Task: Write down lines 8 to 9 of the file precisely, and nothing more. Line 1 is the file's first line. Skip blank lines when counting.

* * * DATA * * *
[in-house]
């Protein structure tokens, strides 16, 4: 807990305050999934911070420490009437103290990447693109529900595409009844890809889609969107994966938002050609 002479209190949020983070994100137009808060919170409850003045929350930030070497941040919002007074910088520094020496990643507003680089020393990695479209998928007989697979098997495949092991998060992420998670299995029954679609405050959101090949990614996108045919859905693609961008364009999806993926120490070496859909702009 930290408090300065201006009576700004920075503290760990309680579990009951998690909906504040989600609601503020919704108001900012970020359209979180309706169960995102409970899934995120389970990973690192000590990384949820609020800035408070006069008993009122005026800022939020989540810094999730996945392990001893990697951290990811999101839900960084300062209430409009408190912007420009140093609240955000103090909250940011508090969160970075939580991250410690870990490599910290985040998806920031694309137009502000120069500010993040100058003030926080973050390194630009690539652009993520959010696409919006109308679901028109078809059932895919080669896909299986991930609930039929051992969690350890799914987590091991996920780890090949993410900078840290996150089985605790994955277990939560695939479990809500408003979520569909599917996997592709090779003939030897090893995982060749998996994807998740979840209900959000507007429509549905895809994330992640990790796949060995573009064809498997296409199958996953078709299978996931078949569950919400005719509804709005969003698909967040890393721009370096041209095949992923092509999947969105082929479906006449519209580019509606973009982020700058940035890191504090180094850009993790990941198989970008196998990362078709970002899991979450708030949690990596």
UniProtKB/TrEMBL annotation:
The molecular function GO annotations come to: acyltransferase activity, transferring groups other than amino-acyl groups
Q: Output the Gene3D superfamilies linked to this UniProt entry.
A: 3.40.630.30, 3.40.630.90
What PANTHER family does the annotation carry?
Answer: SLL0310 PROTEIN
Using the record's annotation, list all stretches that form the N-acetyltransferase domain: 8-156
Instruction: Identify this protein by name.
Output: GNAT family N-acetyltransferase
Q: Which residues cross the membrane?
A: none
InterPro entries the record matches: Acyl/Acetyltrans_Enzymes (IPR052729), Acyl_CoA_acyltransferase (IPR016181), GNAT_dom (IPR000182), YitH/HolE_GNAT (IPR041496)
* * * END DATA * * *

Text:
Answer: SLL0310 PROTEIN
Using the record's annotation, list all stretches that form the N-acetyltransferase domain: 8-156